Chapter 1 – What Is Paganism?
1. In what ways is Paganism influencing movies, music, commercials, consumer products, businesses, and other religions?
I’ve picked up a few things, but, if they are positive they are often subtle. Most cultural references to Paganism are portrayed in a negative way: crazy hippie people who act like they’re always on dope, creepy witch lady, serial killers in crime shows surrounded by pentagrams and talking about rituals, evil and ugly witches in fairy tales. I think 90% of cultural portrayal is inaccurate to what Paganism is.
What was the first Pagan reference or idea you encountered in the general culture?
Fairy tales like Snow White
2. What was your impression of Paganism before you began studying it?
Weird. Possibly creepy. Seems irrational. What about devil worship?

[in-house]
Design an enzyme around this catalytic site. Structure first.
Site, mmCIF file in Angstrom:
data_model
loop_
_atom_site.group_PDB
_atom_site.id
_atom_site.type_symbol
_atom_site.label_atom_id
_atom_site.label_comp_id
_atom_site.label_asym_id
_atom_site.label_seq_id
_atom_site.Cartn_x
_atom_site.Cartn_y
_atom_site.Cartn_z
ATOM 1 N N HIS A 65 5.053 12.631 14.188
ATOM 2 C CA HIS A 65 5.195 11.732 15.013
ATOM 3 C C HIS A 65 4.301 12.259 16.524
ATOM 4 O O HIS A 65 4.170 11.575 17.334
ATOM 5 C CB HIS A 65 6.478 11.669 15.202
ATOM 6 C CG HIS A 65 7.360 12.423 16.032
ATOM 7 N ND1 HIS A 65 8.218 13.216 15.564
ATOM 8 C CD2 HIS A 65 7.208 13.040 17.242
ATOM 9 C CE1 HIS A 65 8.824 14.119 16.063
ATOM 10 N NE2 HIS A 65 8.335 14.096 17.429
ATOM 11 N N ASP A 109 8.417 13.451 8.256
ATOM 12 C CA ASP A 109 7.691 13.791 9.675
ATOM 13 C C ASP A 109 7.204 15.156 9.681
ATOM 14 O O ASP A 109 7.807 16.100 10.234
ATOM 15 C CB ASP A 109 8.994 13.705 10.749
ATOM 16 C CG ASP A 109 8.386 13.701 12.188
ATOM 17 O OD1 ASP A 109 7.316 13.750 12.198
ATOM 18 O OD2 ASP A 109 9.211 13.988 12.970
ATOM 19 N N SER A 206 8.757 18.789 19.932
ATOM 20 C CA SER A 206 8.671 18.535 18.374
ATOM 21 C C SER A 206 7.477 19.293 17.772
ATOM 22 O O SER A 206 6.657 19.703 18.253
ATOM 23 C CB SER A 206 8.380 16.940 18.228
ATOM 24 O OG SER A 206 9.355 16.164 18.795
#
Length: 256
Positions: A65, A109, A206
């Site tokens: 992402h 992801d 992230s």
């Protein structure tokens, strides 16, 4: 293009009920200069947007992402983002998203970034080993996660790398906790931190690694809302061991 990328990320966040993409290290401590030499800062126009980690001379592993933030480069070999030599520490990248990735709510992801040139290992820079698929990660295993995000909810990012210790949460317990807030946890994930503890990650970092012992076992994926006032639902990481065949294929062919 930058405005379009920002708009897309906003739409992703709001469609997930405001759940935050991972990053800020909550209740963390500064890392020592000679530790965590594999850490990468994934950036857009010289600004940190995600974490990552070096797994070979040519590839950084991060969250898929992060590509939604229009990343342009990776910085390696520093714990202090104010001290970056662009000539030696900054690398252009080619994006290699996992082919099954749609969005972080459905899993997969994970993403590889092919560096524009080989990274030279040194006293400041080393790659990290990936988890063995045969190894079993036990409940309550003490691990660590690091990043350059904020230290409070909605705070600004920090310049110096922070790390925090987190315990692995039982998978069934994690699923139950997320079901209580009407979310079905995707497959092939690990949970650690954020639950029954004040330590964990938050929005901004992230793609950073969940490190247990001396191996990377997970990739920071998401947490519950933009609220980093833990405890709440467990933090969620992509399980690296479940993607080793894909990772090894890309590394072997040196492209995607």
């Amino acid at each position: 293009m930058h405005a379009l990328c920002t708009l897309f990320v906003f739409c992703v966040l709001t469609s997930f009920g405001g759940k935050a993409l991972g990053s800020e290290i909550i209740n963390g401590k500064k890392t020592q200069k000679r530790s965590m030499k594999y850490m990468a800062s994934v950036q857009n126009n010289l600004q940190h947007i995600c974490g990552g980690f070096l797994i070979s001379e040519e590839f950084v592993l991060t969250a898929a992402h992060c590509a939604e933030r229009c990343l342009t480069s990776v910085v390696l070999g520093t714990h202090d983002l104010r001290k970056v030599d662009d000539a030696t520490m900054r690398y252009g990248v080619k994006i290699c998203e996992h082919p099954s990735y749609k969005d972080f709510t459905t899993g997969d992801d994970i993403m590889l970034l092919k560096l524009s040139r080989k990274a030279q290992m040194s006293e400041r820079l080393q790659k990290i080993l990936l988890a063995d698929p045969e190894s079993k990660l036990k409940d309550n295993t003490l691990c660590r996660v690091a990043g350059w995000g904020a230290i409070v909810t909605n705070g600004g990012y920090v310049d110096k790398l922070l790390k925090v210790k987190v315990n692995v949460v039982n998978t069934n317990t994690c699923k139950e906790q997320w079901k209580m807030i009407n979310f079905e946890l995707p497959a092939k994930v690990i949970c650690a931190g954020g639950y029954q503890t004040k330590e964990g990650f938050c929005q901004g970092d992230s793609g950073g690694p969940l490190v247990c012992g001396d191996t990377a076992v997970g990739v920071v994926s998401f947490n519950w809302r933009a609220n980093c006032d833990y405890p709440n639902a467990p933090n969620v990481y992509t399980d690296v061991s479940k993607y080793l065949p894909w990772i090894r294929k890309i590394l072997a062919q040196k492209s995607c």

What do your friends and family think of your new interest?
Not many people know. My mom freaked out, as IFB parents are wont to do, and decided it was the Devil’s work. My ex told me it was cool and then told me it was creepy and asked me to stop looking into it. My current partner is in support of it and somewhat curious as well.
3. Why are you studying Paganism at this time, and what do you most want to gain from this book?
I want to live a peaceful, joyful life – balance and harmony are big. Paganism seems to promote those things that are important to me. I think Paganism has it “right” by not claiming to be right in the same way other religions do. I hope to find out more about Paganism through this book, as well to find out more about myself during the learning journey.
4. Who was the first Pagan you ever met?
Possibly a former massage therapist, not sure.
5. What experience have you had with Paganism so far that has been the most fun, the most rewarding, or made the deepest impression on you?
The deep, intellectual-yet-simple nature of Paganism has made a big impression on me. It’s not complicated, but there’s so much to think about and experience, so much to learn!